AUTHOR: Hansen, Lena; Mims, Natalie; Swisher, Joel; Taylor, Zephyr
DOCUMENT ID: T08-10
DOCUMENT TYPE: Report or White Paper
Plug-in hybrid electric vehicles are poised to allow, for the first time, large-scale interaction between the transportation and electric utility sectors. Electricity is a more efficient vehicle fuel than are liquid fossil fuels, and it can reduce system-wide greenhouse-gas emissions by transferring energy demand and emissions from the transportation to the electric utility sector.
Furthermore, PHEVs represent a new type of load for electric utilities that can ultimately result in increased utilization of renewable generation. Since PHEVs would be charged primarily at night when California’s wind resource is strong, PHEVs could further offset emissions by using power with a lower GHG emissions intensity than California’s average electricity mix.
However, although PHEVs offer a way for reducing system-wide GHG emissions, mitigating utility rates, and possibly increasing revenues, these benefits cannot be fully realized under California’s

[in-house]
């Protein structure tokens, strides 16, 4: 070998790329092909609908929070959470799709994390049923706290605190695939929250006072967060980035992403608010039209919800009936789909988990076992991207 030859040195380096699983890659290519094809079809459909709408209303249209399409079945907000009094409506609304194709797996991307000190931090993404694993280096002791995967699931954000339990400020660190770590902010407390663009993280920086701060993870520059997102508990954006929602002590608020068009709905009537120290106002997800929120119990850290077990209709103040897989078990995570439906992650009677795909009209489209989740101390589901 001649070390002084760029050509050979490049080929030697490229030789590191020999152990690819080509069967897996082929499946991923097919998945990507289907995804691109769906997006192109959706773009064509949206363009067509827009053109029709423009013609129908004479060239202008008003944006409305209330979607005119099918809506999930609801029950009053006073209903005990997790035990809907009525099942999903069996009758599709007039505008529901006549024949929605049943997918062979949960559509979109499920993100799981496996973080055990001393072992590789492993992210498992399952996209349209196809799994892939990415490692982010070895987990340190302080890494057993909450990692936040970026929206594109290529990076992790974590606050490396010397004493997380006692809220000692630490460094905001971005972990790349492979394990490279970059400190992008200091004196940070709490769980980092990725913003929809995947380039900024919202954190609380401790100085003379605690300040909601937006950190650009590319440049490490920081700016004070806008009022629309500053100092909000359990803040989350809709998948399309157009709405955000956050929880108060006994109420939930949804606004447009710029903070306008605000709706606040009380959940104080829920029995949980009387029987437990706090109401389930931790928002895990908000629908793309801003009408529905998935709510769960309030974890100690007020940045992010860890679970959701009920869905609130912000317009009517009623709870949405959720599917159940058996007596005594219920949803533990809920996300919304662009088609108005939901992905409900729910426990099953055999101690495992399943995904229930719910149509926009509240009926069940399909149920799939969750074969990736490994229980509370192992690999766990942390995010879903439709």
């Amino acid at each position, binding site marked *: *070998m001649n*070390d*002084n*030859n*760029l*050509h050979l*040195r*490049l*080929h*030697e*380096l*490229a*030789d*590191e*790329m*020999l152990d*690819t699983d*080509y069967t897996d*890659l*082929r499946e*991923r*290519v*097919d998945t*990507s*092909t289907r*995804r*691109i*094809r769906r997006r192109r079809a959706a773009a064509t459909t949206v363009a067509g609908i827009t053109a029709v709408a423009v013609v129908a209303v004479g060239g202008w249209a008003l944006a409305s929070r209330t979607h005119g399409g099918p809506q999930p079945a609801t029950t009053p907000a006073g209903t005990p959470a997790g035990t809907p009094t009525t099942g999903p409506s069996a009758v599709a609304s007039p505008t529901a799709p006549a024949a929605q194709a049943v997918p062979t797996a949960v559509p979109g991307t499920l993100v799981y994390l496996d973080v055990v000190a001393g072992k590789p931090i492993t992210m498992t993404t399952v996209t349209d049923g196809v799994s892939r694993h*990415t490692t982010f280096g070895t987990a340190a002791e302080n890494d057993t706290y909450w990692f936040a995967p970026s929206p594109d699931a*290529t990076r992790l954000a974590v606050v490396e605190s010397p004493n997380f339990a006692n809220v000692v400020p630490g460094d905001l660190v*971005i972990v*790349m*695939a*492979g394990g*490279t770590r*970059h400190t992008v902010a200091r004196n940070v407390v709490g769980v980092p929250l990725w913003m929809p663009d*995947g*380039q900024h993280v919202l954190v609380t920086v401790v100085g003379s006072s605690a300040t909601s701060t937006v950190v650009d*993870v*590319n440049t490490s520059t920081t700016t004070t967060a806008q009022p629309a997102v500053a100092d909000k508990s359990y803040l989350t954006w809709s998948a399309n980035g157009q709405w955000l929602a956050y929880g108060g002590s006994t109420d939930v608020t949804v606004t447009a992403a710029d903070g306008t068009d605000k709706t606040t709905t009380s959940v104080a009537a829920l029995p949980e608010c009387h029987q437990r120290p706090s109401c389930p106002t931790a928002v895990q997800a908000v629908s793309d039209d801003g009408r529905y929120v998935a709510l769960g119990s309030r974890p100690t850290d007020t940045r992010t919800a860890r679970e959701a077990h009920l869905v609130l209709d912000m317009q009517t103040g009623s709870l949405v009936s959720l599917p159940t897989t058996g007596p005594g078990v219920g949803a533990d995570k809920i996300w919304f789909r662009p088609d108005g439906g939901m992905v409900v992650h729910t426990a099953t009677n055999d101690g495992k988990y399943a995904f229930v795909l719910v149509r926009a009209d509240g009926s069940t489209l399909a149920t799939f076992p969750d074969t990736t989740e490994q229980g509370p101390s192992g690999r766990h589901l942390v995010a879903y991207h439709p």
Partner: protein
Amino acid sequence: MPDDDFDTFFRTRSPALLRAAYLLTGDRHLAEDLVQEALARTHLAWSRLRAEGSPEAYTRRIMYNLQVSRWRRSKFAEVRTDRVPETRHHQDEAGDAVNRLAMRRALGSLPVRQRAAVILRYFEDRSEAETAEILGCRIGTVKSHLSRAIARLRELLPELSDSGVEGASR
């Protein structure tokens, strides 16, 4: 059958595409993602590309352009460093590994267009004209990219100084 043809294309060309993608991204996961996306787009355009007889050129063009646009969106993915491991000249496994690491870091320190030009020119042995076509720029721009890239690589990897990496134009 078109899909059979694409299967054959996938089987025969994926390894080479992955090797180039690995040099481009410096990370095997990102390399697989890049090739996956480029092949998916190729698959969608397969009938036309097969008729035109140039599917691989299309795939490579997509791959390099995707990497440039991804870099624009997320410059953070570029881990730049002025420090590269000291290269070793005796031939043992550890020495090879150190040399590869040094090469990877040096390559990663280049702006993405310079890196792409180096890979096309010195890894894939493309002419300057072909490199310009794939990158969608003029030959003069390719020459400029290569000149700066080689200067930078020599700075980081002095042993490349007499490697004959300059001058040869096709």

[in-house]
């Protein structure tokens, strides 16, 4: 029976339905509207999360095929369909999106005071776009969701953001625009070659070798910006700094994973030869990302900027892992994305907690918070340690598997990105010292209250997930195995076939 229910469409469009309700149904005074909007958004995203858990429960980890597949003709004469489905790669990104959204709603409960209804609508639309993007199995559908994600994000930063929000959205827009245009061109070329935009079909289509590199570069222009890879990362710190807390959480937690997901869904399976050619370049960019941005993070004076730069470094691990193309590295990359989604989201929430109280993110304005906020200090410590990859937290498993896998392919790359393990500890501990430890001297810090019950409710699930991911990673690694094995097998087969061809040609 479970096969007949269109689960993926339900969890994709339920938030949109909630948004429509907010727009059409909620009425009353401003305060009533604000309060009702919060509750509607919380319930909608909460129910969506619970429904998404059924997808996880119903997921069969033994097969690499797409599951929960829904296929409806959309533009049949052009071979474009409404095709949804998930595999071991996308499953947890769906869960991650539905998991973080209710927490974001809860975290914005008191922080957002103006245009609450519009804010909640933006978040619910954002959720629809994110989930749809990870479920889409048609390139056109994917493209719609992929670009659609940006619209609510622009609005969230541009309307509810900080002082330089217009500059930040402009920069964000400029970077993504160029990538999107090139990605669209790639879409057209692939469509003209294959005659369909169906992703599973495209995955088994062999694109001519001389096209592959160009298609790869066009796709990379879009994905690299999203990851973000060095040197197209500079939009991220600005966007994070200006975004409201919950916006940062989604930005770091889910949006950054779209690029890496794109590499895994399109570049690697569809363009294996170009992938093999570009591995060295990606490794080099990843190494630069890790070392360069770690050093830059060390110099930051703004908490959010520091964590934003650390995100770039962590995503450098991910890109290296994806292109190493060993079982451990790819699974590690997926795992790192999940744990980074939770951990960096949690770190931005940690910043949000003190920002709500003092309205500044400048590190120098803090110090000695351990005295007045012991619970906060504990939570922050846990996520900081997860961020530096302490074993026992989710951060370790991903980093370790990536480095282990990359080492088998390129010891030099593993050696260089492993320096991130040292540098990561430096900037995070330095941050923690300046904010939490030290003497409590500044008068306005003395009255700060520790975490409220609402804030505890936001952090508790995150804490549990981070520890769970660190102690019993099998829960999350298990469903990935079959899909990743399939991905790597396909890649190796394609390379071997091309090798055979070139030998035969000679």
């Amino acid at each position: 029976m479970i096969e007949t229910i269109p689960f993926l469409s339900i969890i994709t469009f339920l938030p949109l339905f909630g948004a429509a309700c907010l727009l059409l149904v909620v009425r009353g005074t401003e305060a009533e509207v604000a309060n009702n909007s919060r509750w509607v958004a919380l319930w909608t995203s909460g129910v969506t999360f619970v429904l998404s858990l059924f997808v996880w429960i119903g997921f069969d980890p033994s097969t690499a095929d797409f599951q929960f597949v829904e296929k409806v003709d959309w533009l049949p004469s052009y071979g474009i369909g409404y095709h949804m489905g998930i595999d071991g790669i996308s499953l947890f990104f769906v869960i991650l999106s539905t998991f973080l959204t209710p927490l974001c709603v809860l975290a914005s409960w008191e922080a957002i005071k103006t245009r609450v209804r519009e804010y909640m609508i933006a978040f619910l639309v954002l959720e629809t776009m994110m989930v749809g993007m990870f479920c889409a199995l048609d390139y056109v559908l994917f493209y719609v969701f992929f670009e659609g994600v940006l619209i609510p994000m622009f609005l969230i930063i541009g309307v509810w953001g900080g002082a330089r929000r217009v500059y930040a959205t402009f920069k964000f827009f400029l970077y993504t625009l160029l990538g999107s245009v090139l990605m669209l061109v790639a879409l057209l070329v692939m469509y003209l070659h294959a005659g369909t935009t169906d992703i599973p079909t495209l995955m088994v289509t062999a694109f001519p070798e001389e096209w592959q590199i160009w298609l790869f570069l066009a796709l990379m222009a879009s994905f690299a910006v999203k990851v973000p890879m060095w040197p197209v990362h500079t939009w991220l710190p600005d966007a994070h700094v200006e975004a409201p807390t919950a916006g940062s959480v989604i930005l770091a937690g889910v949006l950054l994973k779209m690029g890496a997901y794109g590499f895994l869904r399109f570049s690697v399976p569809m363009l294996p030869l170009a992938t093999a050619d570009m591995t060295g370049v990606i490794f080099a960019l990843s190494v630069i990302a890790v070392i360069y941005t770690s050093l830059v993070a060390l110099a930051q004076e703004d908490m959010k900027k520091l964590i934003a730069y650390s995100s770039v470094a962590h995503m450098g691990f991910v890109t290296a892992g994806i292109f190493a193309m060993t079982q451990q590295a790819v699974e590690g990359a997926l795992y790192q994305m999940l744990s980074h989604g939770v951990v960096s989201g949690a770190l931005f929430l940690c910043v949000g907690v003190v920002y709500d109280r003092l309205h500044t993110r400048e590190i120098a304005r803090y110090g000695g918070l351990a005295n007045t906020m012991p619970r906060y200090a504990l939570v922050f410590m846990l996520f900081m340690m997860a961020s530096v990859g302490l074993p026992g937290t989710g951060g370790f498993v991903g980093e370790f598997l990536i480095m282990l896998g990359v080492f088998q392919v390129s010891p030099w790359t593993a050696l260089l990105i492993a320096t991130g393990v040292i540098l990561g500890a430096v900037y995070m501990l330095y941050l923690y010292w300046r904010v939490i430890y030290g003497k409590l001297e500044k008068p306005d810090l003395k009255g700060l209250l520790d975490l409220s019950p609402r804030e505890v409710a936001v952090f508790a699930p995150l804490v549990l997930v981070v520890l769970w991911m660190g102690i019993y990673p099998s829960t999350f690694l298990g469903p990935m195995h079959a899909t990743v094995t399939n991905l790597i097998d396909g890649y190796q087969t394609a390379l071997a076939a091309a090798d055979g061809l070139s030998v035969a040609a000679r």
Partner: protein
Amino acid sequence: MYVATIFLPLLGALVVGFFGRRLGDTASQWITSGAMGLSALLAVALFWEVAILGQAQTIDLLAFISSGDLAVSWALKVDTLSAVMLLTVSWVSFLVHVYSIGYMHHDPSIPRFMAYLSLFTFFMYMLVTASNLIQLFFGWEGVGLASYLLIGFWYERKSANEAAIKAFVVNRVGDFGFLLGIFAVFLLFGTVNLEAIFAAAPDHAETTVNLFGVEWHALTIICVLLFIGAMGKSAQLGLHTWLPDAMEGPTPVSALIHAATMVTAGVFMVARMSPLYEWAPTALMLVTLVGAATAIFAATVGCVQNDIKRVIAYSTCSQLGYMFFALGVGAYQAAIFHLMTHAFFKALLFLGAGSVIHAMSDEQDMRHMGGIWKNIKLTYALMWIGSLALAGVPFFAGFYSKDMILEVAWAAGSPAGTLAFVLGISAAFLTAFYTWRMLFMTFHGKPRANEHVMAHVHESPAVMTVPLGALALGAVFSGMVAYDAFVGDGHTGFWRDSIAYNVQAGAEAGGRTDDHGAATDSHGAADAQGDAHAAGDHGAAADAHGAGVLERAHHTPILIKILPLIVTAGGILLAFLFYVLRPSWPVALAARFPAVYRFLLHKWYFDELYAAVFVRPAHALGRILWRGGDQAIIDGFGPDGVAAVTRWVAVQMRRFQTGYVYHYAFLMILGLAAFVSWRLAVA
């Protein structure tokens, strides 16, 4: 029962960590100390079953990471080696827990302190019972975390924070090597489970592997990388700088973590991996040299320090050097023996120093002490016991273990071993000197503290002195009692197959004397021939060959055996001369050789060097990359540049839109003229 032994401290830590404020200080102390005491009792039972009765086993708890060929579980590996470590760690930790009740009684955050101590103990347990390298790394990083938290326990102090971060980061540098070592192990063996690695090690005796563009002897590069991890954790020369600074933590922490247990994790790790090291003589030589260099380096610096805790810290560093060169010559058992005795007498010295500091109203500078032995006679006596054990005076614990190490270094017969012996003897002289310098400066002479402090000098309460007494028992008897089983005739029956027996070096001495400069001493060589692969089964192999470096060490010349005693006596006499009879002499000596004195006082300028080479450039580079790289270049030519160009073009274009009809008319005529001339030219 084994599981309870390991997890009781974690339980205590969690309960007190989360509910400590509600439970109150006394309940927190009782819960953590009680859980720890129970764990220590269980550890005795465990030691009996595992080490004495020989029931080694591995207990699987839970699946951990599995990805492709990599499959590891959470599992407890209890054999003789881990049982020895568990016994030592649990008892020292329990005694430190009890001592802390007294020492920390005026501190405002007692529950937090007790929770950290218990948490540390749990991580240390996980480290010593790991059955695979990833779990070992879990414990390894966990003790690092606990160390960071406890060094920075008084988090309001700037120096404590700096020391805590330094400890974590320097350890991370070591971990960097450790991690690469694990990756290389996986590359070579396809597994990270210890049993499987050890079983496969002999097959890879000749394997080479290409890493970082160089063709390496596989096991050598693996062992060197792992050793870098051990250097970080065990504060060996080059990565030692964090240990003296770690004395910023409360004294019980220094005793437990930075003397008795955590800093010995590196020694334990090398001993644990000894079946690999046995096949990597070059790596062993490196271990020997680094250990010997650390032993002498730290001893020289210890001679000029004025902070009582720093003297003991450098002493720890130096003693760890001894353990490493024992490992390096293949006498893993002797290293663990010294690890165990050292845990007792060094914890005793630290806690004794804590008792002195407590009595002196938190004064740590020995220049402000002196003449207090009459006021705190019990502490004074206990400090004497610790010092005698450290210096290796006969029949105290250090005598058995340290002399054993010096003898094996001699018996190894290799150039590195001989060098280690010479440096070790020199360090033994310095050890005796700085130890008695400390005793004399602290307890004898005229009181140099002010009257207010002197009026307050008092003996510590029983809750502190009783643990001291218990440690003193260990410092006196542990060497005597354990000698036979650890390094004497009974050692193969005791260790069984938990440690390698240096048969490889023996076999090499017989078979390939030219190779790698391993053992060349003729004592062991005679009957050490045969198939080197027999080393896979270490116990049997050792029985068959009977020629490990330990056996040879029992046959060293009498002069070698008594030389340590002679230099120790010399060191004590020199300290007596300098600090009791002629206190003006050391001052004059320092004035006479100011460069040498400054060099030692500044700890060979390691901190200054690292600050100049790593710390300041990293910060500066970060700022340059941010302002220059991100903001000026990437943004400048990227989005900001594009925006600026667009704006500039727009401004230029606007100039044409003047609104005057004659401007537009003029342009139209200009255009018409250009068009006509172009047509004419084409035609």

existing regulatory structure. As the market penetration of PHEVs rises, so do electricity demand and GHG emissions from the electric utility sector. These trends conflict with regulatory requirements that require significant reductions in statewide GHG emissions and are designed to encourage energy efficiency.
This tension creates an interesting problem for the electric utilities: what is the best way to reconcile the increase in electricity demand and subsequent increase in power-sector GHG emissions due to PHEV penetration in the utility sector under California’s regulatory structure? Here, we explore this issue and suggest policy and regulatory alternatives that the State could pursue to encourage electric utilities to invest in both end-use efficiency and PHEVs.